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Bengal polls 2021: Mamata says she will deal with any political violence 'sternly'

Her statements, made after taking oath as the CM, comes at a time when the Right-wing ecosystem has been concertedly campaigning for central intervention

Meghdeep Bhattacharyya Calcutta Published 06.05.21, 02:32 AM
Mamata Banerjee greets the governor after taking oath in the Raj Bhavan.

Mamata Banerjee greets the governor after taking oath in the Raj Bhavan. Pradip Sanyal

Mamata Banerjee hit the ground running after taking oath as chief minister for a third term, prioritising the pandemic and political violence for her immediate attention minutes after taking oath at 10.45am on Wednesday in the Throne Room of the historic Raj Bhavan.

The foremost priority now will be the Covid-19 situation, Mamata said in a brief statement to journalists gathered at the hall, built in 1803 under British India’s governor-general Richard Wellesley.


“I will tackle law and order from today, and deal with these (incidents of political violence) sternly… that is my second priority,” the chief minister added, referring to the clashes that have allegedly claimed 23 lives since the election results were announced on May 2.

“Everybody is being told strictly (that) not one incident of any nature will be tolerated,” Mamata said later after a meeting at Nabanna.

“I have noticed that most of the incidents have been taking place in places where the BJP won…. When the atrocities took place, the administration was under the Election Commission, not under me,” she added.

“There too, a handful of sporadic incidents (occurred). Not everything being said is true. We ran a fact-check and found out that many were fake images or footage of old incidents from elsewhere being circulated by the BJP.”

Mamata pays respects to her workplace before entering Nabanna.

Mamata pays respects to her workplace before entering Nabanna. Gautam Bose

Her statement came against the backdrop of a concerted effort by the Right-wing ecosystem to build a campaign for central intervention by making communal statements, false claims and preposterous demands, including one to trifurcate Bengal.

The Centre too has been playing to the gallery by sending a terse reminder to the Bengal government on Wednesday to submit a detailed report on the post-poll violence. The Union home ministry said the matter would be taken seriously if the state government failed to do so.

“We are not going to give respite to anybody (responsible for the political violence)… and we will do everything to restore law and order,” Mamata said at the Raj Bhavan, repeatedly urging all political parties to play their part in maintaining peace and keeping order.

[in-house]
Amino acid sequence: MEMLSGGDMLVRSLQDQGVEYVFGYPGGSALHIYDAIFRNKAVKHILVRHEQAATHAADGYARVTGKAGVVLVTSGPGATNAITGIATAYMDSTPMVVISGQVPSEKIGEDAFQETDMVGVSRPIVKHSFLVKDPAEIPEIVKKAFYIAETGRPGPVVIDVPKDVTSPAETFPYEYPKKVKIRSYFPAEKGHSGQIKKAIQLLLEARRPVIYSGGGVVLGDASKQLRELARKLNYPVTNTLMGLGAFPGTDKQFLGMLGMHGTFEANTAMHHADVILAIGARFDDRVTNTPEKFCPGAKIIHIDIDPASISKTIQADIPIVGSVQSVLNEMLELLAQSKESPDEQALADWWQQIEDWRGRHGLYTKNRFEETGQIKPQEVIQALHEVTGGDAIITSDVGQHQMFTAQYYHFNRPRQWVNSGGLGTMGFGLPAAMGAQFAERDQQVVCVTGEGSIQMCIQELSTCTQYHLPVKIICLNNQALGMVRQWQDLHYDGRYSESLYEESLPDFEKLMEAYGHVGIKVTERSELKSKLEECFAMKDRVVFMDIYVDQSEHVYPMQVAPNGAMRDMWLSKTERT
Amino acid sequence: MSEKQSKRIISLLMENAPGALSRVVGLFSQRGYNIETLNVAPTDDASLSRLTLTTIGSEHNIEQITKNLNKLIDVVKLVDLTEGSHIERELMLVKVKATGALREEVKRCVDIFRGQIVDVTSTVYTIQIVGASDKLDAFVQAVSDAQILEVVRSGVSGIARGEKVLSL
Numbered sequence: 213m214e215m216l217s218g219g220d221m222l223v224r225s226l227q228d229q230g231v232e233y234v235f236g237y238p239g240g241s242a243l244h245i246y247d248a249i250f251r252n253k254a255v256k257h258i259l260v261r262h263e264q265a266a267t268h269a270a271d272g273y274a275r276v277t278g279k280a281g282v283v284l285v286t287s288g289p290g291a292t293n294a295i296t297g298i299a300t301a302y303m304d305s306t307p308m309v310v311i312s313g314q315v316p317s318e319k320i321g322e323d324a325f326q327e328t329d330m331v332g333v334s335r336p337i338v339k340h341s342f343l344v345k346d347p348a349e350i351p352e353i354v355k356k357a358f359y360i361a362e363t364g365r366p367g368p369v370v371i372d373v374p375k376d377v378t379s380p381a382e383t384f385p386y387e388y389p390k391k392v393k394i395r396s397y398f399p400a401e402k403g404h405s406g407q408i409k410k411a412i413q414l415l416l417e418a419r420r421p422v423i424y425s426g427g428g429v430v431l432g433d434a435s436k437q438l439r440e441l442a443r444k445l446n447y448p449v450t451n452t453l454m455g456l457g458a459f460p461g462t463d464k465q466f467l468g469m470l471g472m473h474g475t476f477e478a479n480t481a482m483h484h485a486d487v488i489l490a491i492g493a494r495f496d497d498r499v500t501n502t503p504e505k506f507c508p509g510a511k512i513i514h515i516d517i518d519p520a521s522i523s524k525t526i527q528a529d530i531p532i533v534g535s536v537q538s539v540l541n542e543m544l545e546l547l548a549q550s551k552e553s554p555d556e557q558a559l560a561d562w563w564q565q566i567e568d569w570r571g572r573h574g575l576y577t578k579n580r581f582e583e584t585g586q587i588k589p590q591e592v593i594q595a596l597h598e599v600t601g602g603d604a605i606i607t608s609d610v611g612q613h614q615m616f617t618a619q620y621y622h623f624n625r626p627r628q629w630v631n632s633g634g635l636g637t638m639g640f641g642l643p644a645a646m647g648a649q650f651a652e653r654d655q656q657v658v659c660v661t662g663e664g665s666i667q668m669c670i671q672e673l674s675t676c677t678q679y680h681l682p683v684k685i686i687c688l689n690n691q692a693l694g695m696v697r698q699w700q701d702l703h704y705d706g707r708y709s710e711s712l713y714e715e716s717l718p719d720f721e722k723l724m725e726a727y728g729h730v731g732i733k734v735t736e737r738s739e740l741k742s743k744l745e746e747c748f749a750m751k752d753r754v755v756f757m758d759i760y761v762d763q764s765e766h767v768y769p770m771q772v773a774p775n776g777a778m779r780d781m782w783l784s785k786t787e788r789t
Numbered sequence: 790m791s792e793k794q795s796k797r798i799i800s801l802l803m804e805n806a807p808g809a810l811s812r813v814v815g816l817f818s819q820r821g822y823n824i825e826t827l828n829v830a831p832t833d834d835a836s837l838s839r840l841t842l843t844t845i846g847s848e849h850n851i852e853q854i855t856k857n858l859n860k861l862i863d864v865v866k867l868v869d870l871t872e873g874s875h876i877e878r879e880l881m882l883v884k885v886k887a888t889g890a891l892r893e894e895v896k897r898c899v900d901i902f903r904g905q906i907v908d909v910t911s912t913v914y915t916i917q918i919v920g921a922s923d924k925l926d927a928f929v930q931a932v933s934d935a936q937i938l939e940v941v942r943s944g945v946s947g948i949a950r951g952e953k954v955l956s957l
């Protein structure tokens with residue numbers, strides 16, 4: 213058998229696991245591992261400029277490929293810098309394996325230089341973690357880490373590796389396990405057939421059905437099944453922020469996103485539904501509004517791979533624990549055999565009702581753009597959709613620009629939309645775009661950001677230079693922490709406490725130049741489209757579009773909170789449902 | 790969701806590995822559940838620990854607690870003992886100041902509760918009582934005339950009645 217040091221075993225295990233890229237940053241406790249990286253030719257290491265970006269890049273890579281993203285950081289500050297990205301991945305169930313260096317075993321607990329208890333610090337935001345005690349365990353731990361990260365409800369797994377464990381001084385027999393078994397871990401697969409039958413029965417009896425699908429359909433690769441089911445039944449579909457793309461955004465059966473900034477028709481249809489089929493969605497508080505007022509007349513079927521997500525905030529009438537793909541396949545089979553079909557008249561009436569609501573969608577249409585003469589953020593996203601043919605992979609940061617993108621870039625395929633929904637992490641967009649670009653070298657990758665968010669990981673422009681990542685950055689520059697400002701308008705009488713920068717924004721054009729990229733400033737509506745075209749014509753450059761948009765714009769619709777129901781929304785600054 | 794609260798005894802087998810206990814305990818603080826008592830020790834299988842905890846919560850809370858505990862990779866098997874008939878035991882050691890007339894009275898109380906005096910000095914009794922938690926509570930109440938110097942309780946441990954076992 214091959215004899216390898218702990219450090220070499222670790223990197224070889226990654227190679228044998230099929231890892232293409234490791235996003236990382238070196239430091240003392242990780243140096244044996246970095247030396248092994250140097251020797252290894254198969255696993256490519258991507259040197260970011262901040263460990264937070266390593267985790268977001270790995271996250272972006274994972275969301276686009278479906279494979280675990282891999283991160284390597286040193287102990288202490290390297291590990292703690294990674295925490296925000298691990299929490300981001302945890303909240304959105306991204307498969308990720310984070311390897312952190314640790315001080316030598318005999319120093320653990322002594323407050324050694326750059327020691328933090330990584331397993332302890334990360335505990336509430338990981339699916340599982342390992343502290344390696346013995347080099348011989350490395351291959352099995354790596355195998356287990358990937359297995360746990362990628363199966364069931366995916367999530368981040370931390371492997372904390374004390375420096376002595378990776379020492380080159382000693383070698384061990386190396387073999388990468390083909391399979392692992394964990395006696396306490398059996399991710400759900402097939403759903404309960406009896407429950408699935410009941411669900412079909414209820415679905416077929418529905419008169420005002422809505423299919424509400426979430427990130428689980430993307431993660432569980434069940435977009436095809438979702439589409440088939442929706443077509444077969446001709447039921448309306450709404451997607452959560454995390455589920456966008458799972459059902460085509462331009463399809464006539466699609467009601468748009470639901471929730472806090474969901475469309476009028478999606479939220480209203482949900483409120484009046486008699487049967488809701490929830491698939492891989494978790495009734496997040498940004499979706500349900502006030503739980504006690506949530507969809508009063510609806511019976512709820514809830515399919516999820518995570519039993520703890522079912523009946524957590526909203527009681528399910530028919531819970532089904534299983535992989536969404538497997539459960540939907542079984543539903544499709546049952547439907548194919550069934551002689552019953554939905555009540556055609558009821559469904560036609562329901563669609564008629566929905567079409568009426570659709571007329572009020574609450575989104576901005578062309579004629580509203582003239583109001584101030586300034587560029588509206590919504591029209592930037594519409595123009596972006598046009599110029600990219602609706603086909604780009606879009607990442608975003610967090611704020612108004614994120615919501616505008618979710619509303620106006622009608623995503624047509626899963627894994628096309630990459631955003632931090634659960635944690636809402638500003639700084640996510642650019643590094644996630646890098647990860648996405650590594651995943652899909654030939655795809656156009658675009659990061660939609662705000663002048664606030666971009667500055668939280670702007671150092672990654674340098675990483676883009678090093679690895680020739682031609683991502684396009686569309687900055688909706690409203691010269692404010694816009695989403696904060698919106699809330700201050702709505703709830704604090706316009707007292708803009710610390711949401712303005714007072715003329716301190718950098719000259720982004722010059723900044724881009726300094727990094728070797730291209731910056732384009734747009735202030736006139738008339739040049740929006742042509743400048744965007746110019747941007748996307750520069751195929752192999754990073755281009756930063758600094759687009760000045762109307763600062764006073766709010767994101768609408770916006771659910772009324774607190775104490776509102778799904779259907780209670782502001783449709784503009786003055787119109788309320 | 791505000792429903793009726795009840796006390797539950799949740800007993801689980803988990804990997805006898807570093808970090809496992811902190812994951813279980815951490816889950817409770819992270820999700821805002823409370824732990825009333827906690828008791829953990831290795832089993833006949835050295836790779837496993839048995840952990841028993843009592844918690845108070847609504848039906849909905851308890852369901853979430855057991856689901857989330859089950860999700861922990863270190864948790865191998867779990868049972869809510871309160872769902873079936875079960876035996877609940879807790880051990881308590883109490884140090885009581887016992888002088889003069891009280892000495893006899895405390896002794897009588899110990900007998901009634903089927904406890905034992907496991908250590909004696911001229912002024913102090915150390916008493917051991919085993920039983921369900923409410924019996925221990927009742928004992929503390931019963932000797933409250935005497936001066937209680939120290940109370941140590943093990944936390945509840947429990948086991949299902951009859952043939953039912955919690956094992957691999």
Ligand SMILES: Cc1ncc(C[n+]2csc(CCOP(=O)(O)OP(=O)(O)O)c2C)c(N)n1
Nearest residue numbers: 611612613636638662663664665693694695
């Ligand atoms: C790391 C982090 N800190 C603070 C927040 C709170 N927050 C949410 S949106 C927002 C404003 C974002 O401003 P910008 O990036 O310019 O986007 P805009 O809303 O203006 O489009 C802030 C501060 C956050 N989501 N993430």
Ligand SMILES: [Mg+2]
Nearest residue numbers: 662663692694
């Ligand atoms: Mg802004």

“I have taken charge just now…. The police and the administration were being run for three months by the Election Commission of India,” she said, before hinting at an overhaul of the administrative set-up as the commission had made numerous changes at all levels.

“I will form a new set-up right away (and) ensure that nobody (responsible for the violence) is spared.”

Although Trinamul’s third victory at the hustings was equally – if not more – significant for the state as the first one a decade ago, the oath-taking ceremony had to be shortened to a bare minimum because of Covid. The invitees were as few as 48 and the duration 15 minutes.

The BJP, despite its state unit chief Dilip Ghosh being an invitee, boycotted the event in “protest” against the alleged atrocities on its workers. The Bengal Opposition was represented by Congress veteran Pradip Bhattacharya.

In the saffron echo chambers, a chorus has been rising for the imposition of Article 356 in Bengal. One demand has been for a trifurcation of Bengal, culling out parts that voted in favour of the BJP and giving them separate BJP-led governments.

There have also been calls from the Right-wing Twitterati for Prime Minister Narendra Modi to step aside -– for being “too soft” or “too inclusive” – and allow Union home minister Amit Shah or Uttar Pradesh chief minister Yogi Adityanath to seize the reins and teach “Bengalistan” or “West Bangladesh” a lesson.

There have been calls for an invasion of the state by central paramilitary forces and for far-Right outfits such as the Bajrang Dal being given a free hand.

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